The Italian authorities have published the highly anticipated decree on botanicals which integrates the so-called âBELFRITâ list, authorizing the use of more than 1000 plants and mushrooms in food supplements.
The decree includes a positive list of plants and mushrooms authorized for use in food supplements, together with mandatory warnings and maximum levels. Compared to Belgium, who published their version of the list last year, Italy has less restrictions, as shown in the following examples:
Contrary to Belgium and France, there are no maximum levels for anthranoid containing plants like Aloe or Rheum spp. (which are being disputed on EU level), Black cohosh, Hawthorn, Chamomile, Crocus, Devil's claw, Echinacea, Ginger, Hedera, Hops, Saw palmetto, Nettle, Valerian. Note that for most of them there is an EMA monograph;
Some plants do not have mandatory warnings as it is the case in Belgium e.g. Curcuma, Chaste tree, Verbena;
The decree authorizes stevia leaves, cannabis seeds and oil.
Besides this, and similar to France, the decree includes a list of information necessary for the correct and safe use of botanicals :
a clear definition of botanical preparation;
information and websites for the identification of plants; and
information on the preparation, the traditional use and the production process of the final product.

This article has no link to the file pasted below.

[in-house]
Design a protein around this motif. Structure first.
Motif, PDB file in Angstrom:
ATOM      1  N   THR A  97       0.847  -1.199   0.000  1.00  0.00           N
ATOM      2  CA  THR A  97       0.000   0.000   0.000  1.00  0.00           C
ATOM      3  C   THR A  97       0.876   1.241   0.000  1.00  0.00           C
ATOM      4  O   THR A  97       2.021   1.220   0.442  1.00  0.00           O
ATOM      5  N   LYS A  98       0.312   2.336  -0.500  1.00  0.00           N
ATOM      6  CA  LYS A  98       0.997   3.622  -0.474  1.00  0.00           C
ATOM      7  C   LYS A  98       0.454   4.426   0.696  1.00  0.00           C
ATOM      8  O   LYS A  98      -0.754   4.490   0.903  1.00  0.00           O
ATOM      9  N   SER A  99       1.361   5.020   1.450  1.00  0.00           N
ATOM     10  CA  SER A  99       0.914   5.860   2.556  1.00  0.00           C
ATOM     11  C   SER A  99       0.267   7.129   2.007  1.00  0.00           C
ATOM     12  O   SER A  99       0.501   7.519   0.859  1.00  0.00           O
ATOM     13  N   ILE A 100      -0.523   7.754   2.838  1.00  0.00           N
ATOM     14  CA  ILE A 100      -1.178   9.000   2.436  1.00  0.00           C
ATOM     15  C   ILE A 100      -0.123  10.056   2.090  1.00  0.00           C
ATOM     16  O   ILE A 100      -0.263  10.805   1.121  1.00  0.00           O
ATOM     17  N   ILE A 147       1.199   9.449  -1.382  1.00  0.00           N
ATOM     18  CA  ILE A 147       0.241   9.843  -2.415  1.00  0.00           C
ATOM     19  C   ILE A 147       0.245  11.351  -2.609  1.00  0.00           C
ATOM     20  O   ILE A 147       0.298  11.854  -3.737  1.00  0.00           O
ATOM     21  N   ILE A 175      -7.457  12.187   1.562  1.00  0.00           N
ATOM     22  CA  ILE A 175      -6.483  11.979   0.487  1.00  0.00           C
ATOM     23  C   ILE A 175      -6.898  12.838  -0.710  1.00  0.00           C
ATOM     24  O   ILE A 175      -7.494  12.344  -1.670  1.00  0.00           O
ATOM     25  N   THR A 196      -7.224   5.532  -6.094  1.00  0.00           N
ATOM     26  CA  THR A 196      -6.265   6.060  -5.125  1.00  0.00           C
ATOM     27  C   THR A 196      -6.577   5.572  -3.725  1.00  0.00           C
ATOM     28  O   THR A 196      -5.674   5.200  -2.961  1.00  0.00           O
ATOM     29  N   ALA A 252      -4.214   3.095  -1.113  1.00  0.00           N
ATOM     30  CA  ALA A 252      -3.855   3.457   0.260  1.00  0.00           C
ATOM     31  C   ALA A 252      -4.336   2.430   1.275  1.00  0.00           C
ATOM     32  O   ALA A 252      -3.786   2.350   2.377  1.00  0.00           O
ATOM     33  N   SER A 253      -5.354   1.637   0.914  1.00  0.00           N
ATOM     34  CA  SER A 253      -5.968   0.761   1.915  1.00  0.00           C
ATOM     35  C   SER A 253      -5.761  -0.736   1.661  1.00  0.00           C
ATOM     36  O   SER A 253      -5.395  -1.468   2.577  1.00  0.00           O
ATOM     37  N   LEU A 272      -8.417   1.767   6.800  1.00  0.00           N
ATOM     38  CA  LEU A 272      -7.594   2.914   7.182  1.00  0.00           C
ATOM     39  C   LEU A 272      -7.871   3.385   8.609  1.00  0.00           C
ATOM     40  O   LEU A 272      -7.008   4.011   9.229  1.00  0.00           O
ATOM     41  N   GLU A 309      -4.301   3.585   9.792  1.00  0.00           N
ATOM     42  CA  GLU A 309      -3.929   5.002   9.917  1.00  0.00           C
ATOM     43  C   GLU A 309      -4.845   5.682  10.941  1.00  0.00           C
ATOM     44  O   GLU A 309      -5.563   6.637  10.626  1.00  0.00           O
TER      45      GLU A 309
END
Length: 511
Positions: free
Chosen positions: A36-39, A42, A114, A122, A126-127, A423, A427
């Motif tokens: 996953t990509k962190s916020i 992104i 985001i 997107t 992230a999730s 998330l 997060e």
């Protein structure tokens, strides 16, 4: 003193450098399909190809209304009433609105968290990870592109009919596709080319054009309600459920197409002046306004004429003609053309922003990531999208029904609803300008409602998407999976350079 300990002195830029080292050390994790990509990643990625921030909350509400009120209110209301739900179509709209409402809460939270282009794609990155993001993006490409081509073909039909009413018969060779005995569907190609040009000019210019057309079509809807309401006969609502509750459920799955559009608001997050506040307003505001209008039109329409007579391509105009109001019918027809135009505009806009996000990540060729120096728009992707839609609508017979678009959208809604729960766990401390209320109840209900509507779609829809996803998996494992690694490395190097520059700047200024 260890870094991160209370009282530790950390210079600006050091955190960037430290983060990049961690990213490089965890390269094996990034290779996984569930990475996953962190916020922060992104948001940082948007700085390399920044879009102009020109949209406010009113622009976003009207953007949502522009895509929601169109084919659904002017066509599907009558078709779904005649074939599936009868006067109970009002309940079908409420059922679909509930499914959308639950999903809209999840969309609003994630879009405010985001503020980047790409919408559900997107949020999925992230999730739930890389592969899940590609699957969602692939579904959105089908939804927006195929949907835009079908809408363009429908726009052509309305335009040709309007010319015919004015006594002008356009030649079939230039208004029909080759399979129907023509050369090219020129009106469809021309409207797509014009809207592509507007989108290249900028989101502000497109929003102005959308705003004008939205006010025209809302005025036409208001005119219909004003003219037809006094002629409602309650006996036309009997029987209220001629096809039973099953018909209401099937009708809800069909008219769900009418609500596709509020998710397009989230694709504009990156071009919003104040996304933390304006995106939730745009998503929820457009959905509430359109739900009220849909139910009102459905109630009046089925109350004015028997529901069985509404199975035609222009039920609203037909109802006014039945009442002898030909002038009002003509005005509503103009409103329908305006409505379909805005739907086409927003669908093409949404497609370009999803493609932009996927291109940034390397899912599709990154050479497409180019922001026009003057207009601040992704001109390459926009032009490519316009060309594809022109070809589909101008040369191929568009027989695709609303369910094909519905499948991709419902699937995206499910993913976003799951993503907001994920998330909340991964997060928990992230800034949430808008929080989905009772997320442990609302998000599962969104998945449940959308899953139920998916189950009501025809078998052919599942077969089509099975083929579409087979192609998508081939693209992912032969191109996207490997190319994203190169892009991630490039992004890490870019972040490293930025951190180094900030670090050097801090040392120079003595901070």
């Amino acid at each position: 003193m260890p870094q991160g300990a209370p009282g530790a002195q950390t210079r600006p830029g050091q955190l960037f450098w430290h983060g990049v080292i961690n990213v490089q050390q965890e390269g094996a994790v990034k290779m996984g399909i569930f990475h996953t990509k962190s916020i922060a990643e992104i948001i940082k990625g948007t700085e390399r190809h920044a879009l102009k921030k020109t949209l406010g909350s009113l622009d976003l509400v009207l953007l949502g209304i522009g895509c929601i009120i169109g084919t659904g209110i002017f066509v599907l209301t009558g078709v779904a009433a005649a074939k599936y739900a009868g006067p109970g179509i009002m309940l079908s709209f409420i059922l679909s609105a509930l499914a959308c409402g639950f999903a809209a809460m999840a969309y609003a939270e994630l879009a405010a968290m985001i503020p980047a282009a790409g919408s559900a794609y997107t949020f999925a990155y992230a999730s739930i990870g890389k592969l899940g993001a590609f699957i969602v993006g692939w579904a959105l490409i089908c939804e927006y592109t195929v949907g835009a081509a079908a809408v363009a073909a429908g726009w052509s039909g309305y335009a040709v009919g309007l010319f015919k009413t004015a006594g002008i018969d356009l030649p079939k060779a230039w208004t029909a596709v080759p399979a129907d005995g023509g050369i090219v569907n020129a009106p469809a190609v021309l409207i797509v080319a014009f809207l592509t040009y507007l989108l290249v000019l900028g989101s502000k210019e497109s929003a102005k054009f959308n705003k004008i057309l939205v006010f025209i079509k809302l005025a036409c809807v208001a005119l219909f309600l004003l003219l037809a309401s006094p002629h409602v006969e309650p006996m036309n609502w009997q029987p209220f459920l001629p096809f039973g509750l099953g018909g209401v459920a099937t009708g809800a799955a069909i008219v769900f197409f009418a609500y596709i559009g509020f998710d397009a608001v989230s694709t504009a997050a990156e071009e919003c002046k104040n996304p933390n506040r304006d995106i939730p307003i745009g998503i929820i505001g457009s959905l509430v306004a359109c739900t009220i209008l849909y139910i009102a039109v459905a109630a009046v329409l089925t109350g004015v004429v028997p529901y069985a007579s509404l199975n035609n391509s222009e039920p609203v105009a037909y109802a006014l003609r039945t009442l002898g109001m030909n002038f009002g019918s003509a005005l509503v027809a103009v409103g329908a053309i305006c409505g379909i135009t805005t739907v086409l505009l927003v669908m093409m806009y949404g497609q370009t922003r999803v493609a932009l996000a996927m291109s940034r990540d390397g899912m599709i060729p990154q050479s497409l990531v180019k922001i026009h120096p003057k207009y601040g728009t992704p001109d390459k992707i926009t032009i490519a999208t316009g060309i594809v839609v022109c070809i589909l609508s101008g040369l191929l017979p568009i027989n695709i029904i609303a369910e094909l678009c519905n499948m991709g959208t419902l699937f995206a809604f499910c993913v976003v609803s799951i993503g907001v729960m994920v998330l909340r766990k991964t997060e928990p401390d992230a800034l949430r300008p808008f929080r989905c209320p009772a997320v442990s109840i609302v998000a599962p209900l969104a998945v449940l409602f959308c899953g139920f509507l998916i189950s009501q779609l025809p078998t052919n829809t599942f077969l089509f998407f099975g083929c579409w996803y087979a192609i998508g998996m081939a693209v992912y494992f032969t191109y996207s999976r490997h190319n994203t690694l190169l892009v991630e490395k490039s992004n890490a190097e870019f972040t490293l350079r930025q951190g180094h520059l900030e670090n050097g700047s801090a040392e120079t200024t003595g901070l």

A separate decree on other substances establishes maximum levels for certain naturally occurring botanical substances with a physiological effect or of possible concern (for example EGCG and isoflavones).
As a transitional measure, foodstuffs that do not comply with the provisions of the new decree, but are compliant with the provisions of the former decree of 9 July 2012, can still be placed on the market until exhaustion of stocks.
From the examples one could conclude that Italy takes a more liberal approach to risk management than Belgium. Where Belgium has a maximum limit for certain plants or substances of concern, Italy often resorts to less restrictive measures, mandatory warnings. On the other hand, in Italy there are no provisions exempting botanicals when these compounds have been removed or reduced to safe levels. Moreover, there are no official procedures for consulting the Italian Commission for Dietetics and Nutrition (CUDN), as is the case for the respective advisory commission in Belgium.
In our practice we help our clients to prepare the information necessary for the correct and safe use of botanicals, as part of a due diligence process. However, the authorities would most probably only ask for this information after a problem has arisen.
Overall, we remain positive about this decree. This harmonization together with the digital notification system has made the access to the European market more streamlined.